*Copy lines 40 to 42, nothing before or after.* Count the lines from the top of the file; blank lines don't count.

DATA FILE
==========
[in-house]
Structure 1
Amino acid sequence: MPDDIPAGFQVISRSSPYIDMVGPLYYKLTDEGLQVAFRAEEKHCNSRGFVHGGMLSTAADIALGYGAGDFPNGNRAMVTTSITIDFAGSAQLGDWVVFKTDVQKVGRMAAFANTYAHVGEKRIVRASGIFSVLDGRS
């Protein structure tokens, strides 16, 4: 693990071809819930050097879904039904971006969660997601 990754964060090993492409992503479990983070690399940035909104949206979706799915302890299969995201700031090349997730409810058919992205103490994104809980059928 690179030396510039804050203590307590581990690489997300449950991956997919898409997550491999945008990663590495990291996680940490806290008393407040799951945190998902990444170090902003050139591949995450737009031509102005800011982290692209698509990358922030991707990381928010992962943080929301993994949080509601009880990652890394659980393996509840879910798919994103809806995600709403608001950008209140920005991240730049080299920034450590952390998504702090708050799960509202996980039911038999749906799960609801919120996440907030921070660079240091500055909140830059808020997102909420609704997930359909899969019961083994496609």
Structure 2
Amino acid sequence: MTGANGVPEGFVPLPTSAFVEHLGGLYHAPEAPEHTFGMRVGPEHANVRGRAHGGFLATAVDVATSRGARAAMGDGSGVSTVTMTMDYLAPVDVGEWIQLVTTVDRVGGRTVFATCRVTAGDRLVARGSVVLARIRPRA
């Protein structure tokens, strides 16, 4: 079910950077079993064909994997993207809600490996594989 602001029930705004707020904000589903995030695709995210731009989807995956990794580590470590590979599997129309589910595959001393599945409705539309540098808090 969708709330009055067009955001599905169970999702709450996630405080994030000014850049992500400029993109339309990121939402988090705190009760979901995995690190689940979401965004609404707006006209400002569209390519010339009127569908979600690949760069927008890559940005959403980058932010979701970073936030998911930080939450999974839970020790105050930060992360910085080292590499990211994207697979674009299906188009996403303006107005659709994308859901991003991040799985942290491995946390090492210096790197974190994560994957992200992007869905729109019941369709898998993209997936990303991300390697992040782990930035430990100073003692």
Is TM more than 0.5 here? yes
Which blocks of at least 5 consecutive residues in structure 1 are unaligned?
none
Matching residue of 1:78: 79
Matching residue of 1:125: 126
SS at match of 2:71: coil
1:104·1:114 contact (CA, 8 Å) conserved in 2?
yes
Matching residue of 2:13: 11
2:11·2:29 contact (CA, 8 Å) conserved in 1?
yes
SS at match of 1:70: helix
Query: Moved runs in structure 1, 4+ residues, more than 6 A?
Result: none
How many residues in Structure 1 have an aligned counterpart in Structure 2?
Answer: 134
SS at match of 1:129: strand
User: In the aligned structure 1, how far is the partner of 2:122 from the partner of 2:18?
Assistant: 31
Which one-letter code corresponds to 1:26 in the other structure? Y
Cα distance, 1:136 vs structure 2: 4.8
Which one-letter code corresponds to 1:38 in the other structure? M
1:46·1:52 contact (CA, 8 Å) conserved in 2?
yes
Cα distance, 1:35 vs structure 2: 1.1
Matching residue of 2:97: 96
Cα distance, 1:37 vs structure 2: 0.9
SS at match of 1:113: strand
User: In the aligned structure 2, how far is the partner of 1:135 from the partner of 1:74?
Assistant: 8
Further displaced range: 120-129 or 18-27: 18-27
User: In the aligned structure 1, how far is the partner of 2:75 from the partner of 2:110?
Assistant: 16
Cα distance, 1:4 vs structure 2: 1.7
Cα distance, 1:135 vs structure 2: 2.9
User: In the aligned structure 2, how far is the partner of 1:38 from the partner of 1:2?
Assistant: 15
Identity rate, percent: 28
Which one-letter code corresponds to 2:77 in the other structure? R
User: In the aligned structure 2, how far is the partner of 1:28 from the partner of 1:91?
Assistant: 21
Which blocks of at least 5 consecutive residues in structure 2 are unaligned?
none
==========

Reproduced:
Assistant: 16
Cα distance, 1:4 vs structure 2: 1.7
Cα distance, 1:135 vs structure 2: 2.9